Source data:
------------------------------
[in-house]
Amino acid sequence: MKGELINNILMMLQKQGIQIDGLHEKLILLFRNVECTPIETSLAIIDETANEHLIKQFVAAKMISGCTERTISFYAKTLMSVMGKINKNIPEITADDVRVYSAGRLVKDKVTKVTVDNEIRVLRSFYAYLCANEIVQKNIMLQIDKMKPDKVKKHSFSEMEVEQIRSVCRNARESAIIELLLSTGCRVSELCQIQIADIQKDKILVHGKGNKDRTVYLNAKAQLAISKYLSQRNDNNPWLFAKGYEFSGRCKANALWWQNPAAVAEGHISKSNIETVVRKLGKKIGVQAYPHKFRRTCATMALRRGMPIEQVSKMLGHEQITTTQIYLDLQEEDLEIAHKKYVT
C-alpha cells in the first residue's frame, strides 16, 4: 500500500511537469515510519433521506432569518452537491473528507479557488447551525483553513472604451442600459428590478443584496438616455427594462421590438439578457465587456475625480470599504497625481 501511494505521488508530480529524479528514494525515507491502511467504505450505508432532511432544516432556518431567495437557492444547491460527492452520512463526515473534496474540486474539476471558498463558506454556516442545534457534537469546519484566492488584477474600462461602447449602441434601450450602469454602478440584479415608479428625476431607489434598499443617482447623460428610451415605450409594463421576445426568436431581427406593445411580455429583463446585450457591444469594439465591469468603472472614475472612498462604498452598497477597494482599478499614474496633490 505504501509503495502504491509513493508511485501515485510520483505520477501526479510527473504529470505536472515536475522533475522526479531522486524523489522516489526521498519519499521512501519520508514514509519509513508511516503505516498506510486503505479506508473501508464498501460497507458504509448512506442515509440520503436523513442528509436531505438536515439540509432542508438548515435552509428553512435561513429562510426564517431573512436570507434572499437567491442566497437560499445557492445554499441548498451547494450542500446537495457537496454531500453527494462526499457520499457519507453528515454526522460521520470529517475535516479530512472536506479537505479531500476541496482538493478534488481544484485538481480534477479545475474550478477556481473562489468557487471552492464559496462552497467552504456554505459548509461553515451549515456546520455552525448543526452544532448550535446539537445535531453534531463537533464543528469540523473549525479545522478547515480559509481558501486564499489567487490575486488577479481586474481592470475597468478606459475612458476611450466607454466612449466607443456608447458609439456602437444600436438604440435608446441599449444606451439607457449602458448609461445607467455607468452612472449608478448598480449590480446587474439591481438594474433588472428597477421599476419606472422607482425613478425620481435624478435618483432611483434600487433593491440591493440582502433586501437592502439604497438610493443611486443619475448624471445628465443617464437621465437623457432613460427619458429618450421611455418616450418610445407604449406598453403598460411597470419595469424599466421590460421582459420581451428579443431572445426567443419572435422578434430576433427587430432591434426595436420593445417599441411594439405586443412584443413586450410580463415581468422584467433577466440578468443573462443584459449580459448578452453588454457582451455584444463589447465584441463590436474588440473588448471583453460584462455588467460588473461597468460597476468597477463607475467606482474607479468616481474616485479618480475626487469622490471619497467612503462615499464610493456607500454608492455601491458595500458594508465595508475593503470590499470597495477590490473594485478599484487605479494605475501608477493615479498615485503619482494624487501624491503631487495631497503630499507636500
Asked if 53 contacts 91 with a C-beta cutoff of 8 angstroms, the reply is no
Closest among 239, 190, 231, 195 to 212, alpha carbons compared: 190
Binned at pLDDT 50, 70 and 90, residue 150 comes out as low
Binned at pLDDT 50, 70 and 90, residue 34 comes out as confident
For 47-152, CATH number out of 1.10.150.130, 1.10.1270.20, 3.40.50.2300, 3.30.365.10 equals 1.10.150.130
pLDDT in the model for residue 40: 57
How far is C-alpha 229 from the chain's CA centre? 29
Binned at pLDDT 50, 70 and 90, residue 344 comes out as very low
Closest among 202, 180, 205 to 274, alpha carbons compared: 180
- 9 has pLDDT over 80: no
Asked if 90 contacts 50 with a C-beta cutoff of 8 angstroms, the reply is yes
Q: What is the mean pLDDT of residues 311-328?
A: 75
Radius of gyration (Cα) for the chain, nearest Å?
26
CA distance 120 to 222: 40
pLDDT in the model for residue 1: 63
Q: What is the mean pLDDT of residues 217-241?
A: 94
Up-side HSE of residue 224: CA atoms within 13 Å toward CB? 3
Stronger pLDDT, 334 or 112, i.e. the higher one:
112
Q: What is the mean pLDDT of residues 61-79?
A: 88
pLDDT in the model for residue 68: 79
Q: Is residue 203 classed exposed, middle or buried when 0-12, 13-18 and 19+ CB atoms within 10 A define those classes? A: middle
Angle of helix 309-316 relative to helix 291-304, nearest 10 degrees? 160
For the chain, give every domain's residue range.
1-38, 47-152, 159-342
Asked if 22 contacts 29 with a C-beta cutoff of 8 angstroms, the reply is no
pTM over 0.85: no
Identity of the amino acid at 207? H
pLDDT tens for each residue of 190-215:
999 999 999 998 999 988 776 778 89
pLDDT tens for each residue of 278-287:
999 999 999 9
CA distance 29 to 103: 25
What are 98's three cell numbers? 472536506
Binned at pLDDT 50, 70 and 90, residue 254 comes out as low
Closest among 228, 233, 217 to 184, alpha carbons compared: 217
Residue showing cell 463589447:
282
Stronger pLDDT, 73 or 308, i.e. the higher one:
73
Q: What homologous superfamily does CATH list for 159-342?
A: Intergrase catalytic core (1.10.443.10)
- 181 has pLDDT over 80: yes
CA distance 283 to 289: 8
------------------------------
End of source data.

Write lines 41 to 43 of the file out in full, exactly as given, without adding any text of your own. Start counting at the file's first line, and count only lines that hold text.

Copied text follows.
What are 98's three cell numbers? 472536506
Binned at pLDDT 50, 70 and 90, residue 254 comes out as low
Closest among 228, 233, 217 to 184, alpha carbons compared: 217